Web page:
At their end of February meeting at the Village Hall, members of Ferring Conservation Group were entertained by guest presenter, Graeme Lyons, who is the Senior Ecologist at the Sussex Wildlife Trust. He was intending to talk about the Invertebrates of the SWT Reserves, but a late change of plan led to him presenting his Top 100 Wildlife Highlights in Sussex, which happened to consist of around 80% invertebrates.
Graham who also happens to be the County Recorder of Spiders, as well as in his own words – “Bugs”, counted down his highlights from number 100 to number 1 all in the space of an hour. This was packed with useful information, and included among others beetles, spiders, dragonflies, butterflies, moths, fungi, fish and birds, and all of these had been seen in the County.
He illustrated his talk with some excellent close up photos, and some other distant shots which by his own admission were taken on the spur of the moment, including a quail that was just disappearing out of shot! The names of various species were just as entertaining – the Wart Biter cricket, the Strawberry spider (which looks just like one), the Purse-Web spider (our only Tarantula) and even the interestingly named Bastard-Toadflax Shieldbug.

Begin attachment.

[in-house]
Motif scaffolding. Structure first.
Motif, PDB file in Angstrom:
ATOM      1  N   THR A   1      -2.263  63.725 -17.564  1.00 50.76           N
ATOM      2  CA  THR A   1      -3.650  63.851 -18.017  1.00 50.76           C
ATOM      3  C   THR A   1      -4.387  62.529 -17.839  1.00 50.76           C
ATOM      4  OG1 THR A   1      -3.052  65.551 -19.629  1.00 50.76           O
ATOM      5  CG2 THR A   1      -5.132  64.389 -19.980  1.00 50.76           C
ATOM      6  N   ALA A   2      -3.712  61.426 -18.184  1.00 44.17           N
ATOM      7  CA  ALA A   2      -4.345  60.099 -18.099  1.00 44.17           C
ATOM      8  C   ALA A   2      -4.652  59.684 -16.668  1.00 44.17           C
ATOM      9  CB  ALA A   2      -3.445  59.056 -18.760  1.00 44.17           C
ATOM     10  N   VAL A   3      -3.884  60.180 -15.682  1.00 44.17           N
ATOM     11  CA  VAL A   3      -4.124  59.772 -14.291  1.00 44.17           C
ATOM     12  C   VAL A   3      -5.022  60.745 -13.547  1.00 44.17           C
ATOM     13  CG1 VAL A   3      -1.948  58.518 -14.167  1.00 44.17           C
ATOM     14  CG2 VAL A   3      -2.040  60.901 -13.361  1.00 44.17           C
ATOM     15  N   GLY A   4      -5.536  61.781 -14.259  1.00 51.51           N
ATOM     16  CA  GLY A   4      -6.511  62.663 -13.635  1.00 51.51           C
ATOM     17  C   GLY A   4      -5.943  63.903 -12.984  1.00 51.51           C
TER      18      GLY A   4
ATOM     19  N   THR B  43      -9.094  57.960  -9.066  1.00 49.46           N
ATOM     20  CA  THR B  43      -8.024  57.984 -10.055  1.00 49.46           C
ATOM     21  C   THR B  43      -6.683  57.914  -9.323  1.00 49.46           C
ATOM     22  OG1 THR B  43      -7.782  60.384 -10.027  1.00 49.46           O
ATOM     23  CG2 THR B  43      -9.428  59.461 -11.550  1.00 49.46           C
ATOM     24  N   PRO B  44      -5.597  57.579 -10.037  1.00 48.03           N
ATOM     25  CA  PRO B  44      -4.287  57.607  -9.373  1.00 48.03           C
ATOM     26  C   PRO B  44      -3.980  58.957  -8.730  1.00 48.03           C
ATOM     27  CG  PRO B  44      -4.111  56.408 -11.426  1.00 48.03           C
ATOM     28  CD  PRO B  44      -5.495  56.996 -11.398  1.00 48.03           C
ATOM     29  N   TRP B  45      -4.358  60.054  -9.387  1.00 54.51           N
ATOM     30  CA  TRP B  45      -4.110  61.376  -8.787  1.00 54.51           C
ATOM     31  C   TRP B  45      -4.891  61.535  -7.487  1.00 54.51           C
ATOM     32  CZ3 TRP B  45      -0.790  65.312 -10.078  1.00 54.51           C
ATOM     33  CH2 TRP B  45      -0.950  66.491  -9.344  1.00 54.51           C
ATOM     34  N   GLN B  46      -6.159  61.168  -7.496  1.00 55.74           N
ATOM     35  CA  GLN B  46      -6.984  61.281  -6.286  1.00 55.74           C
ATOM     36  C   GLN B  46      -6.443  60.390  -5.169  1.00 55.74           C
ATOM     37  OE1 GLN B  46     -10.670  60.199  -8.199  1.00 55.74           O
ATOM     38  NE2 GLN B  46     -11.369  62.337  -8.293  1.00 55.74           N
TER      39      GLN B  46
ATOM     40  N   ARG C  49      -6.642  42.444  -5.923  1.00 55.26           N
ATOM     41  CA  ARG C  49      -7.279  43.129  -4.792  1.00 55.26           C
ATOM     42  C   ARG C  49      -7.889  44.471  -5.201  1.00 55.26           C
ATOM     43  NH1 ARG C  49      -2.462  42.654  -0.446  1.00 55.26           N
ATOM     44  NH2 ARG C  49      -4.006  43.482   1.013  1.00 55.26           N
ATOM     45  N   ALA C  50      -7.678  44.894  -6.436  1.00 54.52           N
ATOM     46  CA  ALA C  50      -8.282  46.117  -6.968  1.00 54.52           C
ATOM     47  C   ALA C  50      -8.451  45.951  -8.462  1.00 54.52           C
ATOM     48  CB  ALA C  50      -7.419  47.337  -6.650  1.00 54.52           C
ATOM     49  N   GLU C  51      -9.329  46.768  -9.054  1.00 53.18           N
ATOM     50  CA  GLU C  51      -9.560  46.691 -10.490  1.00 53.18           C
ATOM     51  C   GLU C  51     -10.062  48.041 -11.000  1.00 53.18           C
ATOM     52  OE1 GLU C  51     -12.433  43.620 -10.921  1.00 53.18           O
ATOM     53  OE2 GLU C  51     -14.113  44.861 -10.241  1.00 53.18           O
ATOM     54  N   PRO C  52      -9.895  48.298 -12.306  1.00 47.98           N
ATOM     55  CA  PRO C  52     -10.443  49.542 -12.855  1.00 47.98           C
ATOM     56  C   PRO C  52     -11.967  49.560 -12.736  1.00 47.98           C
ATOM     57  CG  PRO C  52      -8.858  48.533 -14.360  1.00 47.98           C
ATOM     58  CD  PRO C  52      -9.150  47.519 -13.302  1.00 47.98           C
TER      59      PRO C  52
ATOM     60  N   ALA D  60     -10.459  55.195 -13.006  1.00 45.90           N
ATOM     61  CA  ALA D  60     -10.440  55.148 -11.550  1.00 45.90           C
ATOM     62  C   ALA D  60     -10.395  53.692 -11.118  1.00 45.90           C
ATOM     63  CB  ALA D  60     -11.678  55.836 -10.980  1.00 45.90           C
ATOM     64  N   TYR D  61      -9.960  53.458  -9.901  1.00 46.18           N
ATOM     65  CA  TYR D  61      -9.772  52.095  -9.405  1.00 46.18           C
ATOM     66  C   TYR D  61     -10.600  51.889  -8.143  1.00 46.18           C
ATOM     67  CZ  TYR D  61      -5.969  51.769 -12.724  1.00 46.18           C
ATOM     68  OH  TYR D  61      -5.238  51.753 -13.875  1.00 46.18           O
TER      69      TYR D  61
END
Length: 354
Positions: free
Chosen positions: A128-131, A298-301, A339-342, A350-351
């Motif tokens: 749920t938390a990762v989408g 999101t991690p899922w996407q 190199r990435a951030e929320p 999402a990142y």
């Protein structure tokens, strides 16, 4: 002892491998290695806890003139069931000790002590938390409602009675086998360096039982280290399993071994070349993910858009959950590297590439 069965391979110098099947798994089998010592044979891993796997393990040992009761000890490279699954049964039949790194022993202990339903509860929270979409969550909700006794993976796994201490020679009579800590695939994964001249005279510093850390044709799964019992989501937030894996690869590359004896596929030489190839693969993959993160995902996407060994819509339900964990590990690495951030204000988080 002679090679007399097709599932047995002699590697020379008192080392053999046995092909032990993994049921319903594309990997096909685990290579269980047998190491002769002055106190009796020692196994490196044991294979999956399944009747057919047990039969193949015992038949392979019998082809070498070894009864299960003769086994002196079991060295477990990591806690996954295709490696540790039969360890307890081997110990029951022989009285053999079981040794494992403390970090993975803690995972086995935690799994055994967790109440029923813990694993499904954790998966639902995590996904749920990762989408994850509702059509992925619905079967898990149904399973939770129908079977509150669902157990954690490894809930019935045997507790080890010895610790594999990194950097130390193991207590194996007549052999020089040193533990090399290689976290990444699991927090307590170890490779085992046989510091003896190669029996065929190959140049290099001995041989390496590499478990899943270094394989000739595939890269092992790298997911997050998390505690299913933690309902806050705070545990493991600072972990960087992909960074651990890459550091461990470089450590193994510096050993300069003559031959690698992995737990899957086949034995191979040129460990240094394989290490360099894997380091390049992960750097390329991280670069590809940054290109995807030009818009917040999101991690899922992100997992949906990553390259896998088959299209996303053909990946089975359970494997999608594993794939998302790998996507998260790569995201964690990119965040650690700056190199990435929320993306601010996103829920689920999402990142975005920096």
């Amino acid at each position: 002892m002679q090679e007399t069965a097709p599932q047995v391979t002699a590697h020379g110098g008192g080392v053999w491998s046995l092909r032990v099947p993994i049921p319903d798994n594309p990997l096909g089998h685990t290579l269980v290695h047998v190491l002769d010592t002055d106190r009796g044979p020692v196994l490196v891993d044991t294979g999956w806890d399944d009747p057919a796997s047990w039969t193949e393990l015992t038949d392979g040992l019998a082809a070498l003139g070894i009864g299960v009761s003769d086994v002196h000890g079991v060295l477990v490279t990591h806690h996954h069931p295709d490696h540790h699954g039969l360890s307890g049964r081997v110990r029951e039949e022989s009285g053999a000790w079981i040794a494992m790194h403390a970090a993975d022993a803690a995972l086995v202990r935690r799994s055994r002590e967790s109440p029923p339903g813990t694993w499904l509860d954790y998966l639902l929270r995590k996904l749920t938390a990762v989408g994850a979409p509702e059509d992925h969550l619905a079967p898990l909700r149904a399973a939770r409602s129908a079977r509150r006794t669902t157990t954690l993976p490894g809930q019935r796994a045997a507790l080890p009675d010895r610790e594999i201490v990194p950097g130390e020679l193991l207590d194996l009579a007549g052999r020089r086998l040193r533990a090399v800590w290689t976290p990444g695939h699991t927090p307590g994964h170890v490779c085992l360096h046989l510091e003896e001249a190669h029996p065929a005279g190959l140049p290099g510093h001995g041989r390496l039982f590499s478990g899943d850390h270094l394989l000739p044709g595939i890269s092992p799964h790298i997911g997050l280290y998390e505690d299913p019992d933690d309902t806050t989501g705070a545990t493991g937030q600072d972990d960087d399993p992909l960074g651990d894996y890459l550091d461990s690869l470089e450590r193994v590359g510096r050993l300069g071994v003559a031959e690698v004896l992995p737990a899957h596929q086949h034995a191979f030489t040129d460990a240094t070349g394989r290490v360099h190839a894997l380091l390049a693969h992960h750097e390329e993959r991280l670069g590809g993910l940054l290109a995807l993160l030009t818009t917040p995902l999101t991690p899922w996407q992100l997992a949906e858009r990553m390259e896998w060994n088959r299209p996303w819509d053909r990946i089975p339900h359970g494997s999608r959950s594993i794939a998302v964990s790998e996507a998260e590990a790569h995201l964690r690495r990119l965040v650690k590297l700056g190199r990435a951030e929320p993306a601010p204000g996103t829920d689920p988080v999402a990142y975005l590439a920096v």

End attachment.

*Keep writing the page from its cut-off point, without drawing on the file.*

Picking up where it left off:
The top three of his 100 were at number 3 – the Portuguese Man 0’War jellyfish seen on the beach at Portslade, number 2 – the Crimson Speckled moth, and finally at number 1 – Calosoma Sycophanta, an incredibly rare flying beetle seen by him in a field near Bishopstone in East Sussex, which was the first recorded sighting in Sussex since the 18th Century.
To conclude the meeting, Tricia Hall presented her Nature Notes, which included the first sightings of the year of frog spawn, and Ed Miller updated members on planning matters, which included the welcome news that the appeal against Arun District Council’s refusal of the plan for 23 Yurts and associated buildings on the southern slopes of Highdown had rightly in our opinion been turned down.